Australian Broadcasting Corporation - ABC [Sydney, Australia]
July 27, 2021
By Matt Neal
The first in a series of civil cases seeking compensation for abuse survivors and victims of a now-deceased paedophile priest is expected to begin in the Supreme Court on Monday.
Bryan Coffey was found guilty in 1999 of 14 charges relating to indecent assaults on seven boys and one girl that took place across four Victorian parishes between 1960 and 1975.
The complainants are seeking compensation for loss of income, pain and suffering, and medical expenses, and include children who were allegedly abused by Coffey in the south-west Victorian towns of Port Fairy, Terang and Yambuk, as well as Ouyen in the Mallee.
The list of named defendants on the Court documents includes Bishop Paul Bernard Bird as the nominated defendant of the Catholic Diocese of Ballarat, the Trustees of the Sisters of Saint Joseph, Mercy Support Limited, the Trustees of the Sisters of the Good Samaritan, and the Sisters of the Good Samaritans of the Order of Saint Benedict.
A judge-only trial will start on Monday involving the first of the matters, with further cases listed in August and September.
Coffey, who died in 2013, pleaded not guilty to all charges in 1999 but received a three-year suspended sentence.
The director of public prosecutions appealed the leniency of the sentence at the time, but the appeal was rejected with the Court of Appeal judges saying that “the offences themselves were not the worst examples of the crimes” and that Coffey had led a “blameless life” since 1975.
Coffey, who was born in Ballarat and ordained as a priest in the Ballarat Diocese, was moved to 10 different parishes between 1960 and his sentencing in 1999.
According to the Broken Rites website, Coffey was charged with more serious charges on at least two other occasions relating to alleged incidents after 1975, although those charges were eventually dropped.
The ABC understands at least one of the pending cases relates to an abuse victim, now deceased, whose charges were among those dropped. Their civil case is being pursued by family members.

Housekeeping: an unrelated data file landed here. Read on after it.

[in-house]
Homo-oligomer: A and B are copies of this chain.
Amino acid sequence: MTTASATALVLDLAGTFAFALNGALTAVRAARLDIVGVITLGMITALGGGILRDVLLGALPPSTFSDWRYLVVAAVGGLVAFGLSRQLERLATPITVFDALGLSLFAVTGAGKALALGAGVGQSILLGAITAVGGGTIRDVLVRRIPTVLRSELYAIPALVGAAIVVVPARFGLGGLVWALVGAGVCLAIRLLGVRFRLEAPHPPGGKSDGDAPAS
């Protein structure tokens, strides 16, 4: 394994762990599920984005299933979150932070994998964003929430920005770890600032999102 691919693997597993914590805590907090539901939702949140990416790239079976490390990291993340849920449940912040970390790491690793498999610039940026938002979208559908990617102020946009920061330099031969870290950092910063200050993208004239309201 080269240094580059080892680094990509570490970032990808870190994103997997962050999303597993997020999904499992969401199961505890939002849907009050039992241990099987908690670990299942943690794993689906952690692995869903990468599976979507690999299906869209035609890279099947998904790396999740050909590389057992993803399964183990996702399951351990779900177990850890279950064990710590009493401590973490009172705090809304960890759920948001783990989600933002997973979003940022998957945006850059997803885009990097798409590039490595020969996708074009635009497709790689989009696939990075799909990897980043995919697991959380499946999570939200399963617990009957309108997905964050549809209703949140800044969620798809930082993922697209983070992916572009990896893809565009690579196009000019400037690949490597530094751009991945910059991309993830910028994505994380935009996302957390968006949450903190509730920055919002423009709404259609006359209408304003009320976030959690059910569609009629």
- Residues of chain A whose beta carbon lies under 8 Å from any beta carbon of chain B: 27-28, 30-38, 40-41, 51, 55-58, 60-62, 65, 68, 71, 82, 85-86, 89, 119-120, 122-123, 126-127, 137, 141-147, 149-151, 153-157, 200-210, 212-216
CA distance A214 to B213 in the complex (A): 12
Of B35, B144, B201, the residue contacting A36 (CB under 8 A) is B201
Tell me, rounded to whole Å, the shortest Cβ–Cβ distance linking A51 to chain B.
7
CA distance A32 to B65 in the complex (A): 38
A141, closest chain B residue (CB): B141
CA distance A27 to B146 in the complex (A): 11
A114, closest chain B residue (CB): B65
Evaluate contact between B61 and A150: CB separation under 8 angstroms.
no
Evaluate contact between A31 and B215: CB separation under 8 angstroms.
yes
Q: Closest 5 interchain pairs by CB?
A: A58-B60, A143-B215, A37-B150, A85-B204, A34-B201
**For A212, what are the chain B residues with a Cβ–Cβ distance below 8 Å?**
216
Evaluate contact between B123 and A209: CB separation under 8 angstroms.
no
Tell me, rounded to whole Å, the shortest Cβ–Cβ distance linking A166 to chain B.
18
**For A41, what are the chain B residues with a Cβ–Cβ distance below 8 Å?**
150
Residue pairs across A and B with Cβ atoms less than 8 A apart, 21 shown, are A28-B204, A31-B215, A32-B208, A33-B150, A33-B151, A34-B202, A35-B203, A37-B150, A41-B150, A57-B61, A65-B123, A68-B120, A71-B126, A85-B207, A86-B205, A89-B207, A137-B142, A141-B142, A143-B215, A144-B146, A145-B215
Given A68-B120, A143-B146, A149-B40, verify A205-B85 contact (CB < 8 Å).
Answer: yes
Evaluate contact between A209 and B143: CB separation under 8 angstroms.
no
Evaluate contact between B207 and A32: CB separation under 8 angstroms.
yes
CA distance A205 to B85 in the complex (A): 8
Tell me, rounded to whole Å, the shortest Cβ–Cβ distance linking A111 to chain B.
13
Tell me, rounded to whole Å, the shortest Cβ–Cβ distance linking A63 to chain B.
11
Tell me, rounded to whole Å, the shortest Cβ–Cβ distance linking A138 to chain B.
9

Six civil cases seeking compensation are listed over the next seven months, with two more confirmed cases yet to be listed.
The ABC is aware of at least three other cases featuring survivors allegedly abused by Coffey that are expected to start soon.
Lawyer Judy Courtin, who represents victims of institutional abuse, said that in Victoria the removal of the statute of limitations in 2015 and the so-called Ellis defence in 2018 paved the way for “an onslaught” of civil cases involving abuse survivors seeking compensation from institutions such as the Catholic Church.
“[Before that] the only option really was for a survivor or victim to go back to the offending institution cap in hand and they were thrown a few peanuts — and we’re talking $20,000–$30,000 — but the problem with those peanuts was they had to sign something called a ‘deed of release’, which means they had to promise they’d never sue again,” Dr Courtin explained.
“As of about 12 months ago, I know there were at least 400 matters filed in the Supreme Court [seeking compensation].
“There has been what you might call an onslaught of cases being issued in the courts simply because finally survivors and victims now have what I call equal access to the courts to try and get justice.”
Dr Courtin said legislation was implemented in 2019 allowing ‘deeds of release’ to be set aside by the courts, paving the way for more survivors and victims to seek compensation.
She said very few of the civil compensation cases were reaching trial, with the majority of institutions fighting the matter for years but then settling just days before the trial was due to begin.
Dr Courtin said the inadequacies of the national redress scheme were also leading survivors and victims to pursue compensation in the courts.
Lawyer Viv Waller, who also specialises in abuse cases, said the floodgates had opened.
“Recent law reform has revolutionised access to justice for sexual assault survivors and levelled up the playing field for the first time in Victorian history,” Dr Waller said.
She said her law firm was currently acting in 576 claims for child sexual abuse.
These included 67 cases against Catholic priests, including two against Coffey, and 85 against Catholic organisations.
“We also represent a lot of former state wards in claims for abuse while in state care, and a large number of claims arising in school settings, both public and private,” Dr Waller said.